The U.S. Department of Energy recently honored the Postal Service for its efforts to cut waste and energy costs and improve operations.
USPS received a Federal Energy and Water Management Award for its work at the Washington Network Distribution Center in Capitol Heights, MD.
Through a recent pilot program envisioned by Plant Manager Robert Borris and In-Plant Support Manager Sherman Williamson, the facility replaced lead acid batteries with cleaner hydrogen fuel cells in 92 powered industrial vehicles, including forklifts, tow motors and pallet jacks.
This reduced battery room electricity consumption by 81 percent and generated $188,000 in annual savings. The program also produced $625,000 in savings through reduced work hours.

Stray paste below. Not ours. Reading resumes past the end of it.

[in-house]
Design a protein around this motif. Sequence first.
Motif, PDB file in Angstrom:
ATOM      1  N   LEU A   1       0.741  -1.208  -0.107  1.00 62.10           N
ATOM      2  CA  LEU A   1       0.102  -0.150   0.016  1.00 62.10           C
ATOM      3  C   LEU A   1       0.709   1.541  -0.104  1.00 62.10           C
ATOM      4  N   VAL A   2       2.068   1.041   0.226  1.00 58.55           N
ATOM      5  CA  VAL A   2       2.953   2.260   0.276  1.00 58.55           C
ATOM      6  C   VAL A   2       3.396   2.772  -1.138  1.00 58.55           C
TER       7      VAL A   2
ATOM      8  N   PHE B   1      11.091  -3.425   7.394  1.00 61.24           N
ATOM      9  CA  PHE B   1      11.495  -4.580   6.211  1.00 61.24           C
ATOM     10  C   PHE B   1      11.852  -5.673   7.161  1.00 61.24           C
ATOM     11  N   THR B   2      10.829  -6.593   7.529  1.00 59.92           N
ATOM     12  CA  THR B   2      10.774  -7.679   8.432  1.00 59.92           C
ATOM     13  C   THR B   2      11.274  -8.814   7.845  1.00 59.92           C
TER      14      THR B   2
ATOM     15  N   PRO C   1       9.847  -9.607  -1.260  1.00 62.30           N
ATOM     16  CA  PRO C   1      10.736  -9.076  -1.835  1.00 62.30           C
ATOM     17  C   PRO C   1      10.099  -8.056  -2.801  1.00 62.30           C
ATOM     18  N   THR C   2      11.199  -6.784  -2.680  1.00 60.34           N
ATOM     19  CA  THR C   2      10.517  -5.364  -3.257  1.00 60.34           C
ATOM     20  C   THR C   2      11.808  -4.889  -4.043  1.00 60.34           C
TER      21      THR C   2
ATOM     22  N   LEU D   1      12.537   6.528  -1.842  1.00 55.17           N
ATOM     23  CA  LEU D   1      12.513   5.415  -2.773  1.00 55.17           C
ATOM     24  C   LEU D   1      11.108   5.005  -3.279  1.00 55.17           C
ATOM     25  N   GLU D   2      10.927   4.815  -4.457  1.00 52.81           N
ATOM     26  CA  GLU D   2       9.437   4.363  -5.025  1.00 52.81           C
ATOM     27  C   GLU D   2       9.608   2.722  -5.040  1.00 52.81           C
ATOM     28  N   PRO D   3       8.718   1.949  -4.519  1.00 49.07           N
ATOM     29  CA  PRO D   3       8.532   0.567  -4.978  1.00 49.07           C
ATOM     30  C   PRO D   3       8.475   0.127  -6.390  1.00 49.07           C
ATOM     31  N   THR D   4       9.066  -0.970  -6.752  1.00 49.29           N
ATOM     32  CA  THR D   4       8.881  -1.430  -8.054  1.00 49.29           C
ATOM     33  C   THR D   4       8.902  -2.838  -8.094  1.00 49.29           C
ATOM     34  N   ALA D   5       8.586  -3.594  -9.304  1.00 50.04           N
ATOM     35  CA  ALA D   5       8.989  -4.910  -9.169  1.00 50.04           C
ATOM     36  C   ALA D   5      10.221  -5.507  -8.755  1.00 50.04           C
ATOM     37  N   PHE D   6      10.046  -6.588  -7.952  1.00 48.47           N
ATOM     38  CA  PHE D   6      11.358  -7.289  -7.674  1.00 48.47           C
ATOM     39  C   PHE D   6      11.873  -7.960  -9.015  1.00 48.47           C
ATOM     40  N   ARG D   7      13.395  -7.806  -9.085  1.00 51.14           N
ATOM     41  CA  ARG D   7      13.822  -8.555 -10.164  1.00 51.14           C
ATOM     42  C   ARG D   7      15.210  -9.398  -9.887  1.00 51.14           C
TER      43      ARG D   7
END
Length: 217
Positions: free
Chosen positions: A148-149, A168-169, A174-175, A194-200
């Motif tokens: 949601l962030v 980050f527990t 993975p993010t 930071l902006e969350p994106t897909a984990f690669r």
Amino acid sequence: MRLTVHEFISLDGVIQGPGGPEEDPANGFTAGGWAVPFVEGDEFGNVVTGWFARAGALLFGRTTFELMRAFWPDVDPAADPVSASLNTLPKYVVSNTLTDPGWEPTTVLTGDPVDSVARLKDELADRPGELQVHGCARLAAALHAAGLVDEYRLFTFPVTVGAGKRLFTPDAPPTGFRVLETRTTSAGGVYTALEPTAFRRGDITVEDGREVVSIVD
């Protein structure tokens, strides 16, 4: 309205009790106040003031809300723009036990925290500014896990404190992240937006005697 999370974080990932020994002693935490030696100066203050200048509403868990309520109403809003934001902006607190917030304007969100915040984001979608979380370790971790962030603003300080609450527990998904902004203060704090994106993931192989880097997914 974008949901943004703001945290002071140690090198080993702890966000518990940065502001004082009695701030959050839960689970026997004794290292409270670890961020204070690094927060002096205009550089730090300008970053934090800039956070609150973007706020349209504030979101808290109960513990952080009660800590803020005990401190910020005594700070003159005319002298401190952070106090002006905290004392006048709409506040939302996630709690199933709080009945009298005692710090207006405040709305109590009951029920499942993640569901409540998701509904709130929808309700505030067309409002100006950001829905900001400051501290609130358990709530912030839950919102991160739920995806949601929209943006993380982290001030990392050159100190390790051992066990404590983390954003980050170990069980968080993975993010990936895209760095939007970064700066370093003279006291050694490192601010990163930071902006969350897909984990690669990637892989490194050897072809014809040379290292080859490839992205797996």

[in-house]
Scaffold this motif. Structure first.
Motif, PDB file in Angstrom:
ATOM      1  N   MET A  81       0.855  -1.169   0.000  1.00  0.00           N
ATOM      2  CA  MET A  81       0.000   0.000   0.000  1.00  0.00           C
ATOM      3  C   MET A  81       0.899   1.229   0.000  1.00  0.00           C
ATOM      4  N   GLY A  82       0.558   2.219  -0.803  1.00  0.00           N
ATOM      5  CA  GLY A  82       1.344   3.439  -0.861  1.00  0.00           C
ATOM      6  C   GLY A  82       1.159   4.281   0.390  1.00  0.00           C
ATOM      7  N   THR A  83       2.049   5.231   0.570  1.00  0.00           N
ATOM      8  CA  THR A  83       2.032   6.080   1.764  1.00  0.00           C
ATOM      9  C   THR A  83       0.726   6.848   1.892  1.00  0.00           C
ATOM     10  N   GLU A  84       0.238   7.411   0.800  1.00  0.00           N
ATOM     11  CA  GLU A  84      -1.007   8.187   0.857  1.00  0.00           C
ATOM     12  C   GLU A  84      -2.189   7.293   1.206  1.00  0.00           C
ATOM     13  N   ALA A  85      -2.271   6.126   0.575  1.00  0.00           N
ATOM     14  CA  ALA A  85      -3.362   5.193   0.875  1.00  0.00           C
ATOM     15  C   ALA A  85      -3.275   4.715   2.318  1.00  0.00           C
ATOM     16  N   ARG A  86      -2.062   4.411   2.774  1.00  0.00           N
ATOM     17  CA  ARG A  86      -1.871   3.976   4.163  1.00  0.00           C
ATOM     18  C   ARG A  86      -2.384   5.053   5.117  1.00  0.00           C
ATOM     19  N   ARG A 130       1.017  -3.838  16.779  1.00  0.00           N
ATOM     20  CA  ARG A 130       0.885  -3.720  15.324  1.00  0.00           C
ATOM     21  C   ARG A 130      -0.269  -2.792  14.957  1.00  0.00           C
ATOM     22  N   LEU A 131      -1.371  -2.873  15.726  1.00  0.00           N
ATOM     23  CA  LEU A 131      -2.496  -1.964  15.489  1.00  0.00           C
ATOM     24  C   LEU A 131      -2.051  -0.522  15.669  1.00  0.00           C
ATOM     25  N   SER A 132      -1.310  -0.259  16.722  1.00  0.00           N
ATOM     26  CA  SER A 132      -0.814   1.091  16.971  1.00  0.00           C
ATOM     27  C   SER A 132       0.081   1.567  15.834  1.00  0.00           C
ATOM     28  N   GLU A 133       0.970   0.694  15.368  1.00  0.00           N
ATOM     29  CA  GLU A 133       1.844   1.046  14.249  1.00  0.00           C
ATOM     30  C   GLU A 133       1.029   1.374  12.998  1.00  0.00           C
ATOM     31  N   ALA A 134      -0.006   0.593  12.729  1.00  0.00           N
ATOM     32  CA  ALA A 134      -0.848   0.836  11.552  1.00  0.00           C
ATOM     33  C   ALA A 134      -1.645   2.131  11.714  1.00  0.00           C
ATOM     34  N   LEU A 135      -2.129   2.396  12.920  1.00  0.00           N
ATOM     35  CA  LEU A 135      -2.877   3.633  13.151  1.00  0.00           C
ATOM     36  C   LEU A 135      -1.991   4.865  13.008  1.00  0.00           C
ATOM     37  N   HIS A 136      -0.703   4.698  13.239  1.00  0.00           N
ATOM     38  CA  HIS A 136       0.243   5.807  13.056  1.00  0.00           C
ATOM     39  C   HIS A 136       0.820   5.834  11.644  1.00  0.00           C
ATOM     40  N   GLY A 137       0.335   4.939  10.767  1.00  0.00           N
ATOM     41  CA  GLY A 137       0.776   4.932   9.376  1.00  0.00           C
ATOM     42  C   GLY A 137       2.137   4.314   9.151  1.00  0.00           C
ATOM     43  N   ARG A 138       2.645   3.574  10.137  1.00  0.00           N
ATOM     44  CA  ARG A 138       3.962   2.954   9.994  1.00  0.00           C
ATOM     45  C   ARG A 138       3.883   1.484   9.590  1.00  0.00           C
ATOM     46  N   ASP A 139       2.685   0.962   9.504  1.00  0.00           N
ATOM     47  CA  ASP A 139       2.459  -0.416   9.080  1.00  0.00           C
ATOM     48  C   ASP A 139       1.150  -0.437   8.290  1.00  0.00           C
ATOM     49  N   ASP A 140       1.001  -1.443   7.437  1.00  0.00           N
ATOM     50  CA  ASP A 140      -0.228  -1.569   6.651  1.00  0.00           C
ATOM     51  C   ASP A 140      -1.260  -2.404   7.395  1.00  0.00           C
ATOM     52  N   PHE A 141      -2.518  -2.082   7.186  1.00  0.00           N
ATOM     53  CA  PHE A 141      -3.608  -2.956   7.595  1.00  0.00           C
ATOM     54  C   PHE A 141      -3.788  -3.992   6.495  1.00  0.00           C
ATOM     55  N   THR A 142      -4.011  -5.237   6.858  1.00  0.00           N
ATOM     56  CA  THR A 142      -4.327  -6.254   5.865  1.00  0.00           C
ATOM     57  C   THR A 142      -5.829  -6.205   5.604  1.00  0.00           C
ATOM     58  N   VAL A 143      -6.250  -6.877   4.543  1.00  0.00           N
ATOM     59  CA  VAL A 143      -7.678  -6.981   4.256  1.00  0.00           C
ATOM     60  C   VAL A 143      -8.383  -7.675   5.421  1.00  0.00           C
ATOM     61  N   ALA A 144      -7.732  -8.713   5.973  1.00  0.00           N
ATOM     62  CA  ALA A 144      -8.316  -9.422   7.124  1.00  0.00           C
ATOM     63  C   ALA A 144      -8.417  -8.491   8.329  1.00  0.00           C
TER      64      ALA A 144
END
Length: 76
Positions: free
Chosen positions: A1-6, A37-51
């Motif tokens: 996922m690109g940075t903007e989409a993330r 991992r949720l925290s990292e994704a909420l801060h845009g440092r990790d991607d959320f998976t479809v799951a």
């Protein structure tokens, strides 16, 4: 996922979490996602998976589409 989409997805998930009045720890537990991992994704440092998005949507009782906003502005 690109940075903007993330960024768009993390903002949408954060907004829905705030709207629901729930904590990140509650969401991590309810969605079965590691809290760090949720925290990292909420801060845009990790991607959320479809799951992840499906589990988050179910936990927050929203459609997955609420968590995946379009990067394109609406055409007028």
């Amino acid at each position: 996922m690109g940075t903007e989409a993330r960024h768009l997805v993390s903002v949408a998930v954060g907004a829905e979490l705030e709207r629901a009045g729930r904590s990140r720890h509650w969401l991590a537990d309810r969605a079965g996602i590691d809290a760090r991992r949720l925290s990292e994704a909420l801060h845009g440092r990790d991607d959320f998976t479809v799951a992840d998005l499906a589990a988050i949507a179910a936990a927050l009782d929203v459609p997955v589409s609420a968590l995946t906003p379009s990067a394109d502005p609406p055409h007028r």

“The Postal Service is one of the nation’s largest federal agencies, and we understand the importance of leading by example. This award reflects our ongoing commitment to reduce our carbon footprint through innovation and good environmental stewardship,” said Chief Sustainability Officer Tom Day.
USPS is one of 32 organizations, teams and individuals that received the awards, which were presented Oct. 23 during a ceremony in Washington, DC.
The Federal Energy and Water Management Awards
CAROLYN C. COLE
THOMAS G. DAY
U.S. Postal Service
Washington D.C. Network Distribution Center
To cut waste and energy costs and improve operations, this team replaced lead acid batteries with hydrogen fuel cell technology in 92 powered industrial vehicles, resulting in an 81% decrease in battery room electricity consumption and saving $188,000 dollars annually. Labor was also reduced by 11,000 hours, saving an additional $625,000 during the pilot timeframe alone.